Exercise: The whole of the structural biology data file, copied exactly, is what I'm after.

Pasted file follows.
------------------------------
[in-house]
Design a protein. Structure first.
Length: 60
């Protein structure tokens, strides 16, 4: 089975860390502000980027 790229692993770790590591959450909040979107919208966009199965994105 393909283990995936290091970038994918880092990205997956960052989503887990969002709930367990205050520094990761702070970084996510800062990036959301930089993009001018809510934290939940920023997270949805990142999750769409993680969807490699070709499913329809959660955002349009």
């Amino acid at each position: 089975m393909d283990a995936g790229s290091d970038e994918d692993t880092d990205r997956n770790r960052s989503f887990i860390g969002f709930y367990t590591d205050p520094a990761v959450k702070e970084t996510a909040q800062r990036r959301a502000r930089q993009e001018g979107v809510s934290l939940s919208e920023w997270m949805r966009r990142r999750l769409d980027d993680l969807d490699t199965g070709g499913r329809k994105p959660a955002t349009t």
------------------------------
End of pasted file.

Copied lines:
[in-house]
Design a protein. Structure first.
Length: 60
């Protein structure tokens, strides 16, 4: 089975860390502000980027 790229692993770790590591959450909040979107919208966009199965994105 393909283990995936290091970038994918880092990205997956960052989503887990969002709930367990205050520094990761702070970084996510800062990036959301930089993009001018809510934290939940920023997270949805990142999750769409993680969807490699070709499913329809959660955002349009």
């Amino acid at each position: 089975m393909d283990a995936g790229s290091d970038e994918d692993t880092d990205r997956n770790r960052s989503f887990i860390g969002f709930y367990t590591d205050p520094a990761v959450k702070e970084t996510a909040q800062r990036r959301a502000r930089q993009e001018g979107v809510s934290l939940s919208e920023w997270m949805r966009r990142r999750l769409d980027d993680l969807d490699t199965g070709g499913r329809k994105p959660a955002t349009t």